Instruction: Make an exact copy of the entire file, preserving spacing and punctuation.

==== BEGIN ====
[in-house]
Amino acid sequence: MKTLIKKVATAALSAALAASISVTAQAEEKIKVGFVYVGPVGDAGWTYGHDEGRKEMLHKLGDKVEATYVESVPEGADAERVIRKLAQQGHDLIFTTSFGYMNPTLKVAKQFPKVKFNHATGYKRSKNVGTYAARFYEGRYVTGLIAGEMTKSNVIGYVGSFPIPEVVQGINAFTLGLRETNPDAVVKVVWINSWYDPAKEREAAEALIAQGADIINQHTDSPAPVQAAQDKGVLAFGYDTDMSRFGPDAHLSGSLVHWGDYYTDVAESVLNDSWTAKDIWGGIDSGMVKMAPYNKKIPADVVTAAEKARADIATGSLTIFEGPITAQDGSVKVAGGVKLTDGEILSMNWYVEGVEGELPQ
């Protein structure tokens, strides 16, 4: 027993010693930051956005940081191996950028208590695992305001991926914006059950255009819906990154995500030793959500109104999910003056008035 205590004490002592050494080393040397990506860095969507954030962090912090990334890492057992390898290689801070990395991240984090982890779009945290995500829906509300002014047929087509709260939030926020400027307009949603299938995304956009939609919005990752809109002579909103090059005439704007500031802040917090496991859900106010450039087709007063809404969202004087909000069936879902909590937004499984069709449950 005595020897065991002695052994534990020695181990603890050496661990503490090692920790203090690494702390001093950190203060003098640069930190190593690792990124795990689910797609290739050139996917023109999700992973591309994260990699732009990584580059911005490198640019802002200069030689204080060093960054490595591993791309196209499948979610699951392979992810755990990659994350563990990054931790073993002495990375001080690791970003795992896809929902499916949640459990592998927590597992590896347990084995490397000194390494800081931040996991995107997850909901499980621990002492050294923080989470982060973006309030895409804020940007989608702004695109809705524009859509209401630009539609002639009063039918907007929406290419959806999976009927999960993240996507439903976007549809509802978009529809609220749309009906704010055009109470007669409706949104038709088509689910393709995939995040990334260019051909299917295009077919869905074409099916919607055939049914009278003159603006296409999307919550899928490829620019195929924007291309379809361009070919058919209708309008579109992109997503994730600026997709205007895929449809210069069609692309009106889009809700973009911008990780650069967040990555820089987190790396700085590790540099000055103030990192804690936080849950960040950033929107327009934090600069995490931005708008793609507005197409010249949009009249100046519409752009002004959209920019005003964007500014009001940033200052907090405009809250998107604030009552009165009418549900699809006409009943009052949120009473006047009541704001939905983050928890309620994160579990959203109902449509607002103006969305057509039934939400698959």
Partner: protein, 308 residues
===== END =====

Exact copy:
[in-house]
Amino acid sequence: MKTLIKKVATAALSAALAASISVTAQAEEKIKVGFVYVGPVGDAGWTYGHDEGRKEMLHKLGDKVEATYVESVPEGADAERVIRKLAQQGHDLIFTTSFGYMNPTLKVAKQFPKVKFNHATGYKRSKNVGTYAARFYEGRYVTGLIAGEMTKSNVIGYVGSFPIPEVVQGINAFTLGLRETNPDAVVKVVWINSWYDPAKEREAAEALIAQGADIINQHTDSPAPVQAAQDKGVLAFGYDTDMSRFGPDAHLSGSLVHWGDYYTDVAESVLNDSWTAKDIWGGIDSGMVKMAPYNKKIPADVVTAAEKARADIATGSLTIFEGPITAQDGSVKVAGGVKLTDGEILSMNWYVEGVEGELPQ
């Protein structure tokens, strides 16, 4: 027993010693930051956005940081191996950028208590695992305001991926914006059950255009819906990154995500030793959500109104999910003056008035 205590004490002592050494080393040397990506860095969507954030962090912090990334890492057992390898290689801070990395991240984090982890779009945290995500829906509300002014047929087509709260939030926020400027307009949603299938995304956009939609919005990752809109002579909103090059005439704007500031802040917090496991859900106010450039087709007063809404969202004087909000069936879902909590937004499984069709449950 005595020897065991002695052994534990020695181990603890050496661990503490090692920790203090690494702390001093950190203060003098640069930190190593690792990124795990689910797609290739050139996917023109999700992973591309994260990699732009990584580059911005490198640019802002200069030689204080060093960054490595591993791309196209499948979610699951392979992810755990990659994350563990990054931790073993002495990375001080690791970003795992896809929902499916949640459990592998927590597992590896347990084995490397000194390494800081931040996991995107997850909901499980621990002492050294923080989470982060973006309030895409804020940007989608702004695109809705524009859509209401630009539609002639009063039918907007929406290419959806999976009927999960993240996507439903976007549809509802978009529809609220749309009906704010055009109470007669409706949104038709088509689910393709995939995040990334260019051909299917295009077919869905074409099916919607055939049914009278003159603006296409999307919550899928490829620019195929924007291309379809361009070919058919209708309008579109992109997503994730600026997709205007895929449809210069069609692309009106889009809700973009911008990780650069967040990555820089987190790396700085590790540099000055103030990192804690936080849950960040950033929107327009934090600069995490931005708008793609507005197409010249949009009249100046519409752009002004959209920019005003964007500014009001940033200052907090405009809250998107604030009552009165009418549900699809006409009943009052949120009473006047009541704001939905983050928890309620994160579990959203109902449509607002103006969305057509039934939400698959």
Partner: protein, 308 residues